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Well the festivities are truly over, the decorations are packed away, the Christmas tree is waiting to be shredded to be used as a mulch on acid-loving plants like camellias, blueberries and rhododendrons and the moss-based wreath is hanging in an apple tree for the birds to help themselves to the last of the berries. It has been back to work for us this week, and many of you have been in touch to book places on courses over the coming weeks and months. It seems like lots of us plan to grow more and learn new skills this year, which is a great way to start to January.
Back in the Walled Garden we thought the most optimistic way to begin the New Year was to sow some seeds. The sweet peas we sowed in the Rhino greenhouse in November are looking healthy and we have started to harvest the pak choi and salad leaves we sowed in November and December as ‘minigreens’. But now is a good time to sow chillies for summer cropping. On a November visit to RHS garden Hyde Hall in Essex we were interested to see chillies still fruiting in the huge round greenhouse. We are not sure if we will achieve such a long season without heating, but Chiltern Seeds has got a great selection and we are growing 3 different varieties which will be both decorative and pack a range of culinary punches!
We have been checking over the cuttings we took back in the autumn to make sure there is no mildew or rot damage, and we have removed dead leaves from the overwintering pelargoniums. It’s important to keep up with greenhouse ‘housework’ over the winter to minimise the spread of diseases, and to remove breeding and hiding places for pests. We have done a little watering of seedlings but also kept an eye on the weather forecast in case we need to cover plants in the greenhouse for a few days of sub-zero temperatures. No sign of that yet.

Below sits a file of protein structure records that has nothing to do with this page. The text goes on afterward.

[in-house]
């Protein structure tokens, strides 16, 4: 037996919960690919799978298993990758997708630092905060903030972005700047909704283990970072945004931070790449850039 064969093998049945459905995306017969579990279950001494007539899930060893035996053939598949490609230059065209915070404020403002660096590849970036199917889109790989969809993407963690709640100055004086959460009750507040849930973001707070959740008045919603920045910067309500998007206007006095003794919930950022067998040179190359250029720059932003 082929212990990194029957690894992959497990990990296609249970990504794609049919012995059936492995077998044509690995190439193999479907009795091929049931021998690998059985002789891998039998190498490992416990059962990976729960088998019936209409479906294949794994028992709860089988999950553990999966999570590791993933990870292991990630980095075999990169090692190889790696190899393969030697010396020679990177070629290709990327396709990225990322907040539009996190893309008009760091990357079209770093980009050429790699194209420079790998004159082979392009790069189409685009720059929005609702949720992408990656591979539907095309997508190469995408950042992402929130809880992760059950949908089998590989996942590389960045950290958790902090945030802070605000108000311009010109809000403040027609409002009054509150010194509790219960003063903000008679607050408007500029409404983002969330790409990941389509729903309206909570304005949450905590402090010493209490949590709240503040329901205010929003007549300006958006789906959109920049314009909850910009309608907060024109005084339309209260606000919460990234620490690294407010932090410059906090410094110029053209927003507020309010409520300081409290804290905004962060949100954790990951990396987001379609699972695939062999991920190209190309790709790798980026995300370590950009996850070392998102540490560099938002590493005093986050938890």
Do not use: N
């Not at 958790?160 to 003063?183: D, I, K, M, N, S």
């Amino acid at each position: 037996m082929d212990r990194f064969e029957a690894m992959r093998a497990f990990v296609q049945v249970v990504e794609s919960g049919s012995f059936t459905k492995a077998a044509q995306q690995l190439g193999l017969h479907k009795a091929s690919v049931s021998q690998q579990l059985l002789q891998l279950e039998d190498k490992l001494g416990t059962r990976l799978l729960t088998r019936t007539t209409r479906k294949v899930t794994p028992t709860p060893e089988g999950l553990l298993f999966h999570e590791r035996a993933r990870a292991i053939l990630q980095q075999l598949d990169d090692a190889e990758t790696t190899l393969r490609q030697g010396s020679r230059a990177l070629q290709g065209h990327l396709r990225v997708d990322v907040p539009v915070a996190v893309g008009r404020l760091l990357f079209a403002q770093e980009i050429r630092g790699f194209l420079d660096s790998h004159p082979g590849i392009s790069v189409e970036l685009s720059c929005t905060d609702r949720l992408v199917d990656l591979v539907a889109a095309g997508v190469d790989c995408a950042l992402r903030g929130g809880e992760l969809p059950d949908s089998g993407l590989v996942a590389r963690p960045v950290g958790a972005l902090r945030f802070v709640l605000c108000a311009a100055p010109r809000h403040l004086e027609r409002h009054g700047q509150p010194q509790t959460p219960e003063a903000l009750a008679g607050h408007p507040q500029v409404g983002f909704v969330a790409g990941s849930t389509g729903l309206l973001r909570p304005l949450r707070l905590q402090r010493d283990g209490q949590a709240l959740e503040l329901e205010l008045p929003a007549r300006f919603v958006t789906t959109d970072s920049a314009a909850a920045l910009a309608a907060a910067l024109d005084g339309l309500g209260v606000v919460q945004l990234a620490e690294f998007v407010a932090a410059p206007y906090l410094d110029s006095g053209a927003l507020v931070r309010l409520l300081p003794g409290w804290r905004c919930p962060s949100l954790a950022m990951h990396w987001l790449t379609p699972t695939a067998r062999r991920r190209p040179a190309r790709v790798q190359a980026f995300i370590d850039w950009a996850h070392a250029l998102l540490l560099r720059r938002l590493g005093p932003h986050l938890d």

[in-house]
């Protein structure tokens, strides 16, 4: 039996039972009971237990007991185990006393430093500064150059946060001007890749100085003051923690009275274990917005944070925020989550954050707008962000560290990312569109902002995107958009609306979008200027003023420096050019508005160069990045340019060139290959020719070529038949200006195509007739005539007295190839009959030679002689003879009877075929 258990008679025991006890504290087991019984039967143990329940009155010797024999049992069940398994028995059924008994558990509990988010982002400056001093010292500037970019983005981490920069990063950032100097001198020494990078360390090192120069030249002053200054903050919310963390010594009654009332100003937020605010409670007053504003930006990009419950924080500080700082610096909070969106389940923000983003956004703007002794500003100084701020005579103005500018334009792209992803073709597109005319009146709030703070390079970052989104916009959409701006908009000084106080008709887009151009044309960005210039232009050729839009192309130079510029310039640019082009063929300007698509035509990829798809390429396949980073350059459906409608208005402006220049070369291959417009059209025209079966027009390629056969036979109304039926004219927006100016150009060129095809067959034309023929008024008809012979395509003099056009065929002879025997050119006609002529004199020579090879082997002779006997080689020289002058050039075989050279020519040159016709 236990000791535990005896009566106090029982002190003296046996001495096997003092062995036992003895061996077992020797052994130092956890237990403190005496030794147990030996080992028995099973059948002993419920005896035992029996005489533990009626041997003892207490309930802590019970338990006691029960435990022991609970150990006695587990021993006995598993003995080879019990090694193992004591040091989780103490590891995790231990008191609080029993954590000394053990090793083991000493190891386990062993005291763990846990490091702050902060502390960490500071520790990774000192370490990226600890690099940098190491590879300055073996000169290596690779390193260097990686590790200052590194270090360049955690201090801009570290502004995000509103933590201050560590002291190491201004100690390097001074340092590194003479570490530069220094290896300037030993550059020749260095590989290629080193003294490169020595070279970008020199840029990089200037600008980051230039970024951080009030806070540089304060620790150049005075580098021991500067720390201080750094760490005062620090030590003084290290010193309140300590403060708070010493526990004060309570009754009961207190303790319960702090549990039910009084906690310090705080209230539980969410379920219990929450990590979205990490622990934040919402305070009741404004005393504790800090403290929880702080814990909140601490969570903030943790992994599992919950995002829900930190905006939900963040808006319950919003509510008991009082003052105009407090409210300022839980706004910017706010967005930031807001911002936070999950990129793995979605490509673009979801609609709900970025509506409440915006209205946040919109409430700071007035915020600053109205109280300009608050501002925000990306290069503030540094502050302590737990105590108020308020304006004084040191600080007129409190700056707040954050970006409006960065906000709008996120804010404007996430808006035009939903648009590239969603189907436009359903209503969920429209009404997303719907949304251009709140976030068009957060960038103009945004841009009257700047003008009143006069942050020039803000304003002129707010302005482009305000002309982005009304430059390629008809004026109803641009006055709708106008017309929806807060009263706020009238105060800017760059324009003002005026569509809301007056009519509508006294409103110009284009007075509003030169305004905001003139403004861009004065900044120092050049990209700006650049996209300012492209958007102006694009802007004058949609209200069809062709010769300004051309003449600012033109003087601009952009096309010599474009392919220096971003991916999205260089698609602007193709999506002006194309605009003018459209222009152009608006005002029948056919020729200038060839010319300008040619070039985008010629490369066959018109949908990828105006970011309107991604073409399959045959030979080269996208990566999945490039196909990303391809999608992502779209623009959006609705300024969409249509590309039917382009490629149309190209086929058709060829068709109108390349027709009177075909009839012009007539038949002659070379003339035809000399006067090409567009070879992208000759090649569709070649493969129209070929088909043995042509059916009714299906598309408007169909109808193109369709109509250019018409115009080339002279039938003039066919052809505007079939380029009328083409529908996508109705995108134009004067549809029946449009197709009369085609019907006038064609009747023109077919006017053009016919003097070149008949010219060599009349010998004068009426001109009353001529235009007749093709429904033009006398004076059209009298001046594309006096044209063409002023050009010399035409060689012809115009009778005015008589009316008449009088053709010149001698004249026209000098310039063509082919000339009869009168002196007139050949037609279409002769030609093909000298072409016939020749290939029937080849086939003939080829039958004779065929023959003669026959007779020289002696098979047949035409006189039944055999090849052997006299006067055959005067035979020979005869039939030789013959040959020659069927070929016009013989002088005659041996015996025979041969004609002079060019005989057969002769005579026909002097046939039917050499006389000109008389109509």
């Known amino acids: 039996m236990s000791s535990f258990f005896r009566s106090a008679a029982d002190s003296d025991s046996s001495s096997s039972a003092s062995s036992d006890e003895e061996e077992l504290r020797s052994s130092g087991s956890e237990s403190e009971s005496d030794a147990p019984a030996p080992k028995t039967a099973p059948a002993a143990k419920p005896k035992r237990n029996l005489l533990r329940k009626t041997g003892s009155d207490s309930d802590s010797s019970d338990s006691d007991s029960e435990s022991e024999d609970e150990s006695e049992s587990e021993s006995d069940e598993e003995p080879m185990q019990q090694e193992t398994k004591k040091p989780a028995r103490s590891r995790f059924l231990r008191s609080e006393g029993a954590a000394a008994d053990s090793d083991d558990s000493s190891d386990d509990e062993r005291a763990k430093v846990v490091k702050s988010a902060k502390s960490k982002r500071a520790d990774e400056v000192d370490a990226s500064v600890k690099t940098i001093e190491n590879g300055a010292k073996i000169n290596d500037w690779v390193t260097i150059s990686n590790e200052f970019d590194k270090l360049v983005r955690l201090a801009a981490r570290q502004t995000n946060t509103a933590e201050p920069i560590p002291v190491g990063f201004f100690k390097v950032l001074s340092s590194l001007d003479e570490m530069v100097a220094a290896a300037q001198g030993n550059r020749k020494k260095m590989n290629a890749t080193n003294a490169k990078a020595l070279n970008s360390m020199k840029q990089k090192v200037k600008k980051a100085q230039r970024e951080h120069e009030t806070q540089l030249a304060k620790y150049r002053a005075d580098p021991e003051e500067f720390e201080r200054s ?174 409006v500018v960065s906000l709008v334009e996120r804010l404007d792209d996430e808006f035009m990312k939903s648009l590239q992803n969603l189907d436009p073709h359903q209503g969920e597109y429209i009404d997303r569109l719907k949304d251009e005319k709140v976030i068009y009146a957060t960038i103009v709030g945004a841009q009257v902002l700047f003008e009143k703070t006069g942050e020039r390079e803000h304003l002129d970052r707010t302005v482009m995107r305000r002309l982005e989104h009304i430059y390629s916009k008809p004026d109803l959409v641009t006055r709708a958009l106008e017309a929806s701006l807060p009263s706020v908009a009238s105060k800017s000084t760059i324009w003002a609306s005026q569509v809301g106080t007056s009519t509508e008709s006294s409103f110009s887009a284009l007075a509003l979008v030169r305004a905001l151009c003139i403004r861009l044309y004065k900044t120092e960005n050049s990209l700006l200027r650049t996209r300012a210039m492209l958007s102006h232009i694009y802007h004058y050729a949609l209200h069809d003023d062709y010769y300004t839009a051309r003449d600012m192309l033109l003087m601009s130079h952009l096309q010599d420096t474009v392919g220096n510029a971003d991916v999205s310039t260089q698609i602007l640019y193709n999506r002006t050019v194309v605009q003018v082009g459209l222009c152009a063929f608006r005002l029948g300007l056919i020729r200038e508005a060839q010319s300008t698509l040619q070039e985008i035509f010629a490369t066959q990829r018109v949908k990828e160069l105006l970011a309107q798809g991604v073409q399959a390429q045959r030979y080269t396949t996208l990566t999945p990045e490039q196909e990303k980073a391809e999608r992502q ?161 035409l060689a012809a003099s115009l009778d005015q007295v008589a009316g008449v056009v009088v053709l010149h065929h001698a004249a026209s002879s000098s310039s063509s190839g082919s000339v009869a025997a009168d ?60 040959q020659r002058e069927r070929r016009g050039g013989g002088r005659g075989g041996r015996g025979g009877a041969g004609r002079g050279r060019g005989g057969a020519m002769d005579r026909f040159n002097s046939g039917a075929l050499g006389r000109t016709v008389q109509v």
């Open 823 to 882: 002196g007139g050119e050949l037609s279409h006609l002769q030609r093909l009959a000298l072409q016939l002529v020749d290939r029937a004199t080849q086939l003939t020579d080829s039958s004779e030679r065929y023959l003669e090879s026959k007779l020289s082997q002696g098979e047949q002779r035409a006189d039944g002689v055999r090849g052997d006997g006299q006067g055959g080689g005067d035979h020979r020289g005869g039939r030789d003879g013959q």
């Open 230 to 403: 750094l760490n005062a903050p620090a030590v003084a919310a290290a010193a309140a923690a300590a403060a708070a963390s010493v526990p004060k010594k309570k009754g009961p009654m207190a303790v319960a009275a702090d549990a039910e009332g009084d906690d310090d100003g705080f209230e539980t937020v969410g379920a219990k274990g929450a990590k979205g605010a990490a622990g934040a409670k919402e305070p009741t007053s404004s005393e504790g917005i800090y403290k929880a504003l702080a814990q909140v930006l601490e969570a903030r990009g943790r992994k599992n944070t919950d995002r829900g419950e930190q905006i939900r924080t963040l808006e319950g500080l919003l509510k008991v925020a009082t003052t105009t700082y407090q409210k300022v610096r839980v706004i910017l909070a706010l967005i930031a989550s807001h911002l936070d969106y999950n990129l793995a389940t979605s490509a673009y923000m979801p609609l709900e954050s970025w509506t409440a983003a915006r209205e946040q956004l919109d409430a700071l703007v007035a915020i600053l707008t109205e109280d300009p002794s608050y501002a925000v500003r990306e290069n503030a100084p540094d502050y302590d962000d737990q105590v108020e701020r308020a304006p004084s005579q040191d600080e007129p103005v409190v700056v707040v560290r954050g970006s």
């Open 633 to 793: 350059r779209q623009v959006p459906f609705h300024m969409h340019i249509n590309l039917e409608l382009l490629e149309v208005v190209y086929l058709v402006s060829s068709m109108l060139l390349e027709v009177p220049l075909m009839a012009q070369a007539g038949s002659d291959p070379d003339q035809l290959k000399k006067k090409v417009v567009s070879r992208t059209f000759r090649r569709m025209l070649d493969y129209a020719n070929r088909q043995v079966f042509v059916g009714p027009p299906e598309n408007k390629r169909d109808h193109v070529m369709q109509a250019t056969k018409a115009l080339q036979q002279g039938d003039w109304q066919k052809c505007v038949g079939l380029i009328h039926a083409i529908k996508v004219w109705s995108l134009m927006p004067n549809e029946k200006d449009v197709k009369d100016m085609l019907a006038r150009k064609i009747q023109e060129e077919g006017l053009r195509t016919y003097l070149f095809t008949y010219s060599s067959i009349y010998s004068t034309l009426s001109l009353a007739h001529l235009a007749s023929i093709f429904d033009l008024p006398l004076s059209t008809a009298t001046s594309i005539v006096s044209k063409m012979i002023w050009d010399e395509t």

Upcoming courses with availability:
Introduction to Garden Design starts 16th January (6 week course)
Renovation Pruning 28th January
Introduction to Veg Growing 31st January
The Cutting Garden 4th February
Border Renovation 7th February
Caring for Fruit Trees 11th February
Certificate in Practical Horticulture register interest for April & September
Plant of the Week
Commonly known as the houseleek, even though it is not related to the leek, this is a perennial and robust succulent which survives in the most unlikely situations. Often found growing out of crevices, in shade or in sun, the Sempervivum tectorum is literally always alive, as the Latin name suggests (semper means always, vivus, living), keeping its leaves through winter and resisting frost and drought. In Wales the houseleek was grown on the roof to protect a house from fire and lightning strikes which may be the origin of the common name. It is also known as ‘hens and chicks’, referring to the way the plant propagates, producing small lateral rosettes (chicks). There are many interesting varieties of the houseleek and they can be grown equally successfully as ground cover or in containers.